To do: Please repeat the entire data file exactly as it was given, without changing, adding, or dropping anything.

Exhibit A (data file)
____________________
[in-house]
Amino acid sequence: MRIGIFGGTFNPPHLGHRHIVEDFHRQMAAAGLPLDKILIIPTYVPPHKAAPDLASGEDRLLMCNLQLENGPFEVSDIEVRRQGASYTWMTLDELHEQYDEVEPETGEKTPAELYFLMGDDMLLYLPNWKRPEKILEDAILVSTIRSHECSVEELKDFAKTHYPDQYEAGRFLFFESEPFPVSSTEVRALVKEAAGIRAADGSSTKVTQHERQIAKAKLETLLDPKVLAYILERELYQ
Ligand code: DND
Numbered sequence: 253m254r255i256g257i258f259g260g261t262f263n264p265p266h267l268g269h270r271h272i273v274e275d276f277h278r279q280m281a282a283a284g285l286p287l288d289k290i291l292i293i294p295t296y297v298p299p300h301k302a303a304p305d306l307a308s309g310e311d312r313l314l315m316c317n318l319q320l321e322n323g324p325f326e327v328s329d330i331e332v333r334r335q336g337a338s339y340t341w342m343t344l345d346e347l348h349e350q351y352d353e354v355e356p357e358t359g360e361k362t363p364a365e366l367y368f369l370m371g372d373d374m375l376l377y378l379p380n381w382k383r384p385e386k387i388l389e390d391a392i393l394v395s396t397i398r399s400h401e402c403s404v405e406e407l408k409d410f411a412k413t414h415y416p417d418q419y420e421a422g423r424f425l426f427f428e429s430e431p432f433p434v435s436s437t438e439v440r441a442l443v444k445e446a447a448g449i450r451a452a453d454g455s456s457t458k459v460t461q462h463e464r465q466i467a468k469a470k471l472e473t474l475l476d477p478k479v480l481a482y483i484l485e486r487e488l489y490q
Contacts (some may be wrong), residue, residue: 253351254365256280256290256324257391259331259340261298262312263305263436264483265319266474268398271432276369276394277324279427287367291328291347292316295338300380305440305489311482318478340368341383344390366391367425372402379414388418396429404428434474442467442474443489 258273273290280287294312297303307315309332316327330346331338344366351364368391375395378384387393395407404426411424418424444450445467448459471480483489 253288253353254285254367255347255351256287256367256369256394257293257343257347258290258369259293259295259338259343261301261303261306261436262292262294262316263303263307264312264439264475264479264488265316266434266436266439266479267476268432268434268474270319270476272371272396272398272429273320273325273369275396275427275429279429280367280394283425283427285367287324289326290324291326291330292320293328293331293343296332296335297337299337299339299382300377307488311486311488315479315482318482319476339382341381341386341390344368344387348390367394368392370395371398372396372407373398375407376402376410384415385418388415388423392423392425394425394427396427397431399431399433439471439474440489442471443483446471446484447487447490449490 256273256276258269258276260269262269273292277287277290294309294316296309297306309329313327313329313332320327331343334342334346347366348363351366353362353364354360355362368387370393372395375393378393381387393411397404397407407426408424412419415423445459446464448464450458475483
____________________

[in-house]
Amino acid sequence: MRIGIFGGTFNPPHLGHRHIVEDFHRQMAAAGLPLDKILIIPTYVPPHKAAPDLASGEDRLLMCNLQLENGPFEVSDIEVRRQGASYTWMTLDELHEQYDEVEPETGEKTPAELYFLMGDDMLLYLPNWKRPEKILEDAILVSTIRSHECSVEELKDFAKTHYPDQYEAGRFLFFESEPFPVSSTEVRALVKEAAGIRAADGSSTKVTQHERQIAKAKLETLLDPKVLAYILERELYQ
Ligand code: DND
Numbered sequence: 253m254r255i256g257i258f259g260g261t262f263n264p265p266h267l268g269h270r271h272i273v274e275d276f277h278r279q280m281a282a283a284g285l286p287l288d289k290i291l292i293i294p295t296y297v298p299p300h301k302a303a304p305d306l307a308s309g310e311d312r313l314l315m316c317n318l319q320l321e322n323g324p325f326e327v328s329d330i331e332v333r334r335q336g337a338s339y340t341w342m343t344l345d346e347l348h349e350q351y352d353e354v355e356p357e358t359g360e361k362t363p364a365e366l367y368f369l370m371g372d373d374m375l376l377y378l379p380n381w382k383r384p385e386k387i388l389e390d391a392i393l394v395s396t397i398r399s400h401e402c403s404v405e406e407l408k409d410f411a412k413t414h415y416p417d418q419y420e421a422g423r424f425l426f427f428e429s430e431p432f433p434v435s436s437t438e439v440r441a442l443v444k445e446a447a448g449i450r451a452a453d454g455s456s457t458k459v460t461q462h463e464r465q466i467a468k469a470k471l472e473t474l475l476d477p478k479v480l481a482y483i484l485e486r487e488l489y490q
Contacts (some may be wrong), residue, residue: 253351254365256280256290256324257391259331259340261298262312263305263436264483265319266474268398271432276369276394277324279427287367291328291347292316295338300380305440305489311482318478340368341383344390366391367425372402379414388418396429404428434474442467442474443489 258273273290280287294312297303307315309332316327330346331338344366351364368391375395378384387393395407404426411424418424444450445467448459471480483489 253288253353254285254367255347255351256287256367256369256394257293257343257347258290258369259293259295259338259343261301261303261306261436262292262294262316263303263307264312264439264475264479264488265316266434266436266439266479267476268432268434268474270319270476272371272396272398272429273320273325273369275396275427275429279429280367280394283425283427285367287324289326290324291326291330292320293328293331293343296332296335297337299337299339299382300377307488311486311488315479315482318482319476339382341381341386341390344368344387348390367394368392370395371398372396372407373398375407376402376410384415385418388415388423392423392425394425394427396427397431399431399433439471439474440489442471443483446471446484447487447490449490 256273256276258269258276260269262269273292277287277290294309294316296309297306309329313327313329313332320327331343334342334346347366348363351366353362353364354360355362368387370393372395375393378393381387393411397404397407407426408424412419415423445459446464448464450458475483